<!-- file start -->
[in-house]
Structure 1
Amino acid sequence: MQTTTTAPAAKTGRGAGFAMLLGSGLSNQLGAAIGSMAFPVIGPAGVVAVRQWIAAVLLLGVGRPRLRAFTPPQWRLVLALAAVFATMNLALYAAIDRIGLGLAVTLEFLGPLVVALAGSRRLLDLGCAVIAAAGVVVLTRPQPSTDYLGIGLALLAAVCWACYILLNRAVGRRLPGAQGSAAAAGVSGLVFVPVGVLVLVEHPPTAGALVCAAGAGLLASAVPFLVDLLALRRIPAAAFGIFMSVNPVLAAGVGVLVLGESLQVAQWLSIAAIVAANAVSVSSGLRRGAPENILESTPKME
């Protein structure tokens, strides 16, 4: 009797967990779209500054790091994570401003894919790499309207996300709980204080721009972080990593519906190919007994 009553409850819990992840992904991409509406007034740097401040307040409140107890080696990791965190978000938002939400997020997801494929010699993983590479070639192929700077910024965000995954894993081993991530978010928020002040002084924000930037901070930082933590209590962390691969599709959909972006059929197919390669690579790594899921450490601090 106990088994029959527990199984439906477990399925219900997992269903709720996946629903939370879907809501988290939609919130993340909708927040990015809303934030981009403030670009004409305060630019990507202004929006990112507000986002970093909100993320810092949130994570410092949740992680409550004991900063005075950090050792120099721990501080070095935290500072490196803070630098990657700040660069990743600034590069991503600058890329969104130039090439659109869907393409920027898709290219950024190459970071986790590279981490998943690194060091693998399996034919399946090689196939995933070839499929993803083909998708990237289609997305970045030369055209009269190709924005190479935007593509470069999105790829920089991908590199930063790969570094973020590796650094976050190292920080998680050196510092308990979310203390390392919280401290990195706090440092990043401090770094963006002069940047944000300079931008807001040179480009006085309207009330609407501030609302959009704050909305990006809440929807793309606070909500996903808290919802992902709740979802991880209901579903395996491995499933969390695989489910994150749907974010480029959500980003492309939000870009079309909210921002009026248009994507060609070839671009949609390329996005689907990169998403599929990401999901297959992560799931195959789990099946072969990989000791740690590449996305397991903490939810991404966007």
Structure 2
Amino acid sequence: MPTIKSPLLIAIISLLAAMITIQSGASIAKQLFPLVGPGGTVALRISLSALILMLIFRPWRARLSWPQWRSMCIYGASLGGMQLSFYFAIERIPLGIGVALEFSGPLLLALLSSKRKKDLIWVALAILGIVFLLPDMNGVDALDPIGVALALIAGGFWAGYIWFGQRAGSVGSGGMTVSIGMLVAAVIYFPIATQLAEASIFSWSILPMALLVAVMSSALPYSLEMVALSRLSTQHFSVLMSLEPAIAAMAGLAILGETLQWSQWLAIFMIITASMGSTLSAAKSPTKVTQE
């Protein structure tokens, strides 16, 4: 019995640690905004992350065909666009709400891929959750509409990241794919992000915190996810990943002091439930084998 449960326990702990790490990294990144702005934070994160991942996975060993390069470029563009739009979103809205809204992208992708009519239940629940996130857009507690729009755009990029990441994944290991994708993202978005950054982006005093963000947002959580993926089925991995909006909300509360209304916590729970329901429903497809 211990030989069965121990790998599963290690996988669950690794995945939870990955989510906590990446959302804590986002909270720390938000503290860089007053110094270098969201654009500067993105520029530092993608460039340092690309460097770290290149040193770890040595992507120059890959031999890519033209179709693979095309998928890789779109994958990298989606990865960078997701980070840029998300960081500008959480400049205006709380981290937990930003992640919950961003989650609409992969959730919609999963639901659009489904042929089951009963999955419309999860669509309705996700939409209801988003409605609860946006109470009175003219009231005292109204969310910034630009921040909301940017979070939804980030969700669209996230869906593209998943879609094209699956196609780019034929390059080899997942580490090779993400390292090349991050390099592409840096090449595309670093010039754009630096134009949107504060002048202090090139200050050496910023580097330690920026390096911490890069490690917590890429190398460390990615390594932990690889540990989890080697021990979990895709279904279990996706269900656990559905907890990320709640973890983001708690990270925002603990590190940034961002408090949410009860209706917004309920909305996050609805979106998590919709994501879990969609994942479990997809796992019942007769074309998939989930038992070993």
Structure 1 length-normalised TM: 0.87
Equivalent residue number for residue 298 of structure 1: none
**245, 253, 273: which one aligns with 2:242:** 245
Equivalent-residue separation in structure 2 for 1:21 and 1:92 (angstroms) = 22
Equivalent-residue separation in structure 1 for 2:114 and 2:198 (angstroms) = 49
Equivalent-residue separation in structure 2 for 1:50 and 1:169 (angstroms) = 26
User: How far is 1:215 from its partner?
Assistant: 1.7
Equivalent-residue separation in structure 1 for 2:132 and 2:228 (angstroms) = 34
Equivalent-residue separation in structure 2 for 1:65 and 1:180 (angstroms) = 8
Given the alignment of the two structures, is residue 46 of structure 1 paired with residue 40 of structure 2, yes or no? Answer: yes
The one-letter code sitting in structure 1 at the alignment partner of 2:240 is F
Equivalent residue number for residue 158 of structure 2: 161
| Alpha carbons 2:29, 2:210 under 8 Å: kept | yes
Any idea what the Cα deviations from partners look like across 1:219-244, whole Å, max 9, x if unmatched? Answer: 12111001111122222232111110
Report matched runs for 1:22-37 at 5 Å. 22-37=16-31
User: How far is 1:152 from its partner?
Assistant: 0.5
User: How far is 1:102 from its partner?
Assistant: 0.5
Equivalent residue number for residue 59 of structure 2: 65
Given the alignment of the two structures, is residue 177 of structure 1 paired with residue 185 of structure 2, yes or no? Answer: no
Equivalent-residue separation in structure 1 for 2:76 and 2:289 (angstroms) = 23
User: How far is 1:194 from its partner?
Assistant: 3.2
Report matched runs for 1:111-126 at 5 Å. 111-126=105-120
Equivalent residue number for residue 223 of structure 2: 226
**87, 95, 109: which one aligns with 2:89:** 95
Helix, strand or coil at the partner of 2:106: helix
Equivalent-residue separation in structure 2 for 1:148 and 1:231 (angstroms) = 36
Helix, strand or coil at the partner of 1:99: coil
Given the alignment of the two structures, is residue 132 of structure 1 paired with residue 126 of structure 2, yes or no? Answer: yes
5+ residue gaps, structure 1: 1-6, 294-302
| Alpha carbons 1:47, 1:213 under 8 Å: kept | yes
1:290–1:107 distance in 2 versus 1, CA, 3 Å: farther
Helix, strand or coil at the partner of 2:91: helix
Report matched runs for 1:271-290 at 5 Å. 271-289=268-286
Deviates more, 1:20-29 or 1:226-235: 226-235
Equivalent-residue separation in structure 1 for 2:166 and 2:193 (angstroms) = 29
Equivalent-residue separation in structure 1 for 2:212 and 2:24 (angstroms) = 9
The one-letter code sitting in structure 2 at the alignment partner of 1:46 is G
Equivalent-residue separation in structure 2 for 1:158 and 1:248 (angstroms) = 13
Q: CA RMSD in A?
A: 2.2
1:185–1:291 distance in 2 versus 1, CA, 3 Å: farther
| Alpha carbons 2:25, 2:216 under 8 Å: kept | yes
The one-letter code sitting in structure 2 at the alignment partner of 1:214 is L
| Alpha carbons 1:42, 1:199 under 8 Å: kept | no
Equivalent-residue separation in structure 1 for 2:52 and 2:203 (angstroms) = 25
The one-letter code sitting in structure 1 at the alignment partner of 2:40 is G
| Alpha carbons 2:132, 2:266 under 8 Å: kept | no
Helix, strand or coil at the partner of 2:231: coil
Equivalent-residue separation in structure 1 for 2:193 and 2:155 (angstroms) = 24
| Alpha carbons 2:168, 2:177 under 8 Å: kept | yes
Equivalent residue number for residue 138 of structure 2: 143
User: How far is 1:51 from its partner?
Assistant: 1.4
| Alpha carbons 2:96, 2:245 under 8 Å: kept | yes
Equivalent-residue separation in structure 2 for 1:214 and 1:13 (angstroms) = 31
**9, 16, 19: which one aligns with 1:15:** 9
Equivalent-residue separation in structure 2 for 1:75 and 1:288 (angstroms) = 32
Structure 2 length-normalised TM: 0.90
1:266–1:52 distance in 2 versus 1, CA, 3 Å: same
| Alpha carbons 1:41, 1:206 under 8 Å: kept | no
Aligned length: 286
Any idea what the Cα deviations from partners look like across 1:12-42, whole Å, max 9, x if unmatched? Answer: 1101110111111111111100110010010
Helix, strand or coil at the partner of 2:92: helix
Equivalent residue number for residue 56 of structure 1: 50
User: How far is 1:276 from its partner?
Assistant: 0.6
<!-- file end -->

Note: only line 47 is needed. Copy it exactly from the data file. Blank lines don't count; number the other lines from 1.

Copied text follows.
Equivalent-residue separation in structure 1 for 2:212 and 2:24 (angstroms) = 9